Sunday, 29 July 2018

Julz: Right Where I Am 2018: 6 years 3 months 27 days

Today is 28th July 2018. I am Six Years, three months, and 27 days since she died. That is 2309 days since I last felt her heart beat, since I felt her warm fuzzy face against my own. 55416 hours since we saw her pink cheeks fade away. Since everything changed. Nothing is at it was back then.

There are still the two lives which are before and after. “When we had Melody.” She was only here for just five weeks, but she impacted on us so much, forever.

Six Years and five months and three days ago, she was still waiting to be born, there was hope that we wouldn’t deliver as early at 28 weeks. She was alive she seemed safe.

Six Years and five months ago and three days ago, we weren’t quite parents of a premature baby, let alone a baby who died. . We were given a dangerous thing – hope. You don’t realise how important hope is, until it is snatched away from you in a moment.

This year I am at the point where I am not as drained as often as I used to be, I am not sure whether that is down to the time scale, or that I have made myself busy. I have increased my hours at work, volunteering, family life and plans with friends. Too busy to think, sometimes too busy to even breathe let alone think about the baby who died six years ago.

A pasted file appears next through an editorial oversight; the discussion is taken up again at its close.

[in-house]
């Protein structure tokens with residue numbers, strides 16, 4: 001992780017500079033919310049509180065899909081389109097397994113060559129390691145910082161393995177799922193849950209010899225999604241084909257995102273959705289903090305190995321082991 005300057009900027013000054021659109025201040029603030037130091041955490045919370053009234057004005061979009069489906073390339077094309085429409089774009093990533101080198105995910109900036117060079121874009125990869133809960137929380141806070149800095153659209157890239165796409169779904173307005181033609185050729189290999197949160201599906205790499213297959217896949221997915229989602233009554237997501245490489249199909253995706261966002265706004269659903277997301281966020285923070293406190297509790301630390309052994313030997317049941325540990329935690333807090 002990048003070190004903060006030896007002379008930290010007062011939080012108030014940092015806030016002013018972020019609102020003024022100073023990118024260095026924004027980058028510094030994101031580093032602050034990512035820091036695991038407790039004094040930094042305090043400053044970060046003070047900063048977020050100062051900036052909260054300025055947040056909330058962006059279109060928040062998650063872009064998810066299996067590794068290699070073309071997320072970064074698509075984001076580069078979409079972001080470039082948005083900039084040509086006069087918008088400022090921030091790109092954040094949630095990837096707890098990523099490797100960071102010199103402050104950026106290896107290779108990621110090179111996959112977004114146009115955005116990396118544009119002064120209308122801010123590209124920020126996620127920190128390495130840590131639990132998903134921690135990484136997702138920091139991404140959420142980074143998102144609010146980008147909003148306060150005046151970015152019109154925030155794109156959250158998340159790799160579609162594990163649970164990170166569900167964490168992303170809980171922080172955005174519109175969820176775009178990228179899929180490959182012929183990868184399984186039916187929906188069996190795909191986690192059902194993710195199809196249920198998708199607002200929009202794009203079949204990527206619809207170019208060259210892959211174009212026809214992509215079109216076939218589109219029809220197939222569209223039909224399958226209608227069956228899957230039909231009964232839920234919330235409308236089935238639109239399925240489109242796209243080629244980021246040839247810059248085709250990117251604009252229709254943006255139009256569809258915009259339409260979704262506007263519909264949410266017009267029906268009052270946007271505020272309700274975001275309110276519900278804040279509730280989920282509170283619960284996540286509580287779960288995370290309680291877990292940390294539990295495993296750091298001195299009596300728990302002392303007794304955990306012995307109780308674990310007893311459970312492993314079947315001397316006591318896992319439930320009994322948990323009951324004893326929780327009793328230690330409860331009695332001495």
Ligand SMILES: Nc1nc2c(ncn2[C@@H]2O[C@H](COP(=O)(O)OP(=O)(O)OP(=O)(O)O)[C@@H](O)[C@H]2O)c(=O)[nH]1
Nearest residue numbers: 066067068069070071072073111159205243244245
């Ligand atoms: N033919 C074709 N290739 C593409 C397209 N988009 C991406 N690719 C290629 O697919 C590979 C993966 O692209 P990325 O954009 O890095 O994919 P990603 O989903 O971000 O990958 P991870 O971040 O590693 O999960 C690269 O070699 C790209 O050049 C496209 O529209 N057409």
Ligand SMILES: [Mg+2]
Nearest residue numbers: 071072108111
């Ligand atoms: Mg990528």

Then I get moments of guilt, because I haven’t thought about her for every minute of the day.

I have recently been involved with the new Tommy’s Campaign – Together For Change through my own blog Melody and Me. To say the least I am proud to have been a part of something special to raise awareness; to get people talking about this incredibly taboo subject. To help reduce the stigma behind the baby loss topic.

However I have found myself feeling completely detached from the whole thing. I have shared it across my social media to help break the silence. But I am struggling to see what any of it has to do with me. I can watch my interview; I can see the stills and read the pieces about our story. But I can’t for one minute feel like it is our story, or that it is me helping to make a difference.

I sometimes feel like I am talking to a brick wall, that the people who were around have disappeared, I often get reminded that they don’t matter – but they do. Some are the last links our daughter when she was alive, some are a reminder of all that was. The detachment from her death, is leading me to worry that my memory of her is fading. Those days when I don’t think of her or mention her, these are when for a moment I have forgotten about all of it – even her. I don’t want to forget her, I hope I don’t – but it is a strange feeling between wanting to protect myself from the painful thoughts that I do have a dead daughter; by letting her fade into the darkness. Or embracing what this is all about, and forcing myself to remember.

Sometimes, I just want to feel normal; sometimes I even wish I had never met her. But I can’t imagine my life not speaking about her, just as much as I cannot imagine a life where she is alive and well.

How is any of that right? This is not how I am meant to feel about my own child.


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